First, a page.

Most people have heard of pre-nuptial agreements. What is not often discussed is a post-nuptial agreement. A post-nuptial agreement is an agreement that is made after a parties’ marriage. Pre-nuptial agreements are entered prior to the date of marriage in exchange for the marriage. For post-nuptial agreements, the exchange is the continuation of the marriage. In other words, without a post-nuptial agreement, the parties would otherwise divorce.
Many attorneys usually frown upon post-nuptial agreements for many reasons. For one, if the post-nuptial agreement is a worse deal than the actual divorce, an attorney would not recommend it. Furthermore, for many people, the continuation of the divorce is not a good enough exchange for the bargaining away of their rights. Nevertheless, for some people, a post-nuptial agreement is a good decision. For example, if both parties are elderly and do not plan on re-marrying, it is probably a better deal for them financially to stay married and take advantage of their social security and pension rights than they would if they divorced. Divorces can also be very expensive and not worth fighting if a post-nuptial agreement at that age will do the trick.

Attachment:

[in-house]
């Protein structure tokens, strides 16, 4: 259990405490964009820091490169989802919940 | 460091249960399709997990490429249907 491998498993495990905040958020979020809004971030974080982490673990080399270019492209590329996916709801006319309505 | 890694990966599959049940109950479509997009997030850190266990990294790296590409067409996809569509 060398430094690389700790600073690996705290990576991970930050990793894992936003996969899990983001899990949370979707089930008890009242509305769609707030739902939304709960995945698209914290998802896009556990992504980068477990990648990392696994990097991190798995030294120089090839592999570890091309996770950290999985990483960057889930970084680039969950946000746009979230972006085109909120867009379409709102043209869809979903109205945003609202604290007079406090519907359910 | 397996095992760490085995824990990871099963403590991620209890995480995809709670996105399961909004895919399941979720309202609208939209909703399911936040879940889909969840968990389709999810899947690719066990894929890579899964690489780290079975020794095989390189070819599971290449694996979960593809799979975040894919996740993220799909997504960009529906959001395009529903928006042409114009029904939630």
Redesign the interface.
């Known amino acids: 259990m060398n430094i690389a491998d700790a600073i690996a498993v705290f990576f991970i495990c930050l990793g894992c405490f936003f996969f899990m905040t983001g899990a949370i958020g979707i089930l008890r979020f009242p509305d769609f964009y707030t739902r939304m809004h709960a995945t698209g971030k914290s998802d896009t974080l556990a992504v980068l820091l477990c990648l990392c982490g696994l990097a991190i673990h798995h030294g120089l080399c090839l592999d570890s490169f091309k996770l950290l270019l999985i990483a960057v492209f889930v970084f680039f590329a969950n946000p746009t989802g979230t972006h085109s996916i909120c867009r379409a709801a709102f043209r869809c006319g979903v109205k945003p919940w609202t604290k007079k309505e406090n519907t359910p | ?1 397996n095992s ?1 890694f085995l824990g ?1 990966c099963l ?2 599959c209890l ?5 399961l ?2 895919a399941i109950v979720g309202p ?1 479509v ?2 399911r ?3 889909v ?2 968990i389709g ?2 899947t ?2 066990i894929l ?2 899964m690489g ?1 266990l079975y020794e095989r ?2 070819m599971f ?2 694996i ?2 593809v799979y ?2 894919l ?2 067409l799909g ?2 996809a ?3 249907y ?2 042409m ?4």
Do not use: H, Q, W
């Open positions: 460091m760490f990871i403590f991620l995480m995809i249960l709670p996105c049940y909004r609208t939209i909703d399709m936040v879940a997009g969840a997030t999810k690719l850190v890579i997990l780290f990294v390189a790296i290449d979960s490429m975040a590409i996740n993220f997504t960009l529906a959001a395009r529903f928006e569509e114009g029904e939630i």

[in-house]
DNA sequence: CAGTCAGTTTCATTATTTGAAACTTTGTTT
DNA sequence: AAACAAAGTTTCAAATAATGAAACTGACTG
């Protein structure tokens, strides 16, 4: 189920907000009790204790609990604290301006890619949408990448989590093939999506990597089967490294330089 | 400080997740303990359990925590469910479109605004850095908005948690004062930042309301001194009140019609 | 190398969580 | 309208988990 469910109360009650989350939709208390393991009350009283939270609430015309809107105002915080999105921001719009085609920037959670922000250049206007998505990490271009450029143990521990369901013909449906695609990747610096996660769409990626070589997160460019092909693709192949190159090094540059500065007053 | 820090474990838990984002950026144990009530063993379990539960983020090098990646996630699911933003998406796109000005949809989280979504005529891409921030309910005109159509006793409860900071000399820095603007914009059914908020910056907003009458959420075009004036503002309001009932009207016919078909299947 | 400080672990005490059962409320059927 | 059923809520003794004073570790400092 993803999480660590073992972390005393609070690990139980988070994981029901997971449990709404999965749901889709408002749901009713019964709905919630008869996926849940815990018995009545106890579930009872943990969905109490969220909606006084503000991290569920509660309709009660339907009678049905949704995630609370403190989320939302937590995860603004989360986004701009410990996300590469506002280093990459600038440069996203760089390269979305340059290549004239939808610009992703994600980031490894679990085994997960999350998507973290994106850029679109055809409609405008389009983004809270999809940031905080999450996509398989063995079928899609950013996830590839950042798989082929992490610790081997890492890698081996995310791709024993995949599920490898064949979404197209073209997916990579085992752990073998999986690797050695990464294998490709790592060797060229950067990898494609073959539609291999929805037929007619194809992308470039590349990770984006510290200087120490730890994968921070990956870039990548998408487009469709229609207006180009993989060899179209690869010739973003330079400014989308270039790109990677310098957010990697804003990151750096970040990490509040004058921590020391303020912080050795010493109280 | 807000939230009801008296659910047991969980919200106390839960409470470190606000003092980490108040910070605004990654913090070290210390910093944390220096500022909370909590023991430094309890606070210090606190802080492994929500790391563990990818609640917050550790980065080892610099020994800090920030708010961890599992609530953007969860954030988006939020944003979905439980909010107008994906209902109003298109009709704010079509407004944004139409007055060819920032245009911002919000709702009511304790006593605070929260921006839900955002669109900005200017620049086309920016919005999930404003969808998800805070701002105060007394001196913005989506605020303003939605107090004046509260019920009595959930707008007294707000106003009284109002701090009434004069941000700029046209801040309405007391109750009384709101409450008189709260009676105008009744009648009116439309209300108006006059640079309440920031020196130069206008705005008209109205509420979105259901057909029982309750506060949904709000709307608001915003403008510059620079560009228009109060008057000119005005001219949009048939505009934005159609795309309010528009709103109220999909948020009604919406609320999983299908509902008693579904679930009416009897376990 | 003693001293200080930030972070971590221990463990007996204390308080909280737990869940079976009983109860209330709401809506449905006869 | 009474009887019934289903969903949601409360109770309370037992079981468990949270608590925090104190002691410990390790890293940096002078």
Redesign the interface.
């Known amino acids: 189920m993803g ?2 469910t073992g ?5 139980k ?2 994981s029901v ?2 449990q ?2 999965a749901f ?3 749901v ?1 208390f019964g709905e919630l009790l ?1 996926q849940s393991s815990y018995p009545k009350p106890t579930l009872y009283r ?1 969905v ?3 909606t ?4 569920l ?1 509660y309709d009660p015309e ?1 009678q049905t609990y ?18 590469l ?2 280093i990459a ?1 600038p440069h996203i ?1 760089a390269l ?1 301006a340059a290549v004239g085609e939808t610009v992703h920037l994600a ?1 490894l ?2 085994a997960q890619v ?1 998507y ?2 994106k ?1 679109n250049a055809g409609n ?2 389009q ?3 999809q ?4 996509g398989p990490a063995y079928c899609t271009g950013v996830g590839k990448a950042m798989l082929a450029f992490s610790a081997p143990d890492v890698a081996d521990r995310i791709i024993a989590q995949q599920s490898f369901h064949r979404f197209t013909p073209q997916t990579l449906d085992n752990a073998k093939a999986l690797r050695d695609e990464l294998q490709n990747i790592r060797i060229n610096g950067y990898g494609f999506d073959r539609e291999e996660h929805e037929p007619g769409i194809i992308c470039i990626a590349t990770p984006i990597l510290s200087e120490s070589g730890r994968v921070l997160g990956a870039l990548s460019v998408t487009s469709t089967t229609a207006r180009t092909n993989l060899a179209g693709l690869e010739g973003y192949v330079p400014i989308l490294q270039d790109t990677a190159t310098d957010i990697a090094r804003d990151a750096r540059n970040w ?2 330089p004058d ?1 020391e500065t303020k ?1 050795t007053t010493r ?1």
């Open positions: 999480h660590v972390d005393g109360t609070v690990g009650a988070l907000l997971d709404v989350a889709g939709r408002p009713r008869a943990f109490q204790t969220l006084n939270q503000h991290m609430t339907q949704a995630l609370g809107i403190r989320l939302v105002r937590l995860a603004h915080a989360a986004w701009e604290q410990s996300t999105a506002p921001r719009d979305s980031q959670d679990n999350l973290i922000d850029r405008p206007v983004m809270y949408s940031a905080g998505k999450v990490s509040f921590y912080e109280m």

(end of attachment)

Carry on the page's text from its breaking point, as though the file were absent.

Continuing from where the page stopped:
For those who are newly married and the possibility of a divorce arises in the early states of their marriage, a post-nuptial agreement makes sense. A divorce of less than 5 years may not entitle either party to substantial assets or maintenance, and the parties wish to continue with their marriage and not have to worry about the possibility of being liable for paying the other maintenance or having to divide their assets or non-marital assets. A post-nuptial agreement would ensure that any commingling or contribution that may have already happened would be waived or settled and that from now on it would be considered that party’s non-marital property.
If you feel that a post-nuptial agreement may be right for you, contact an attorney to discuss the pros and cons of taking this route in lieu of a divorce.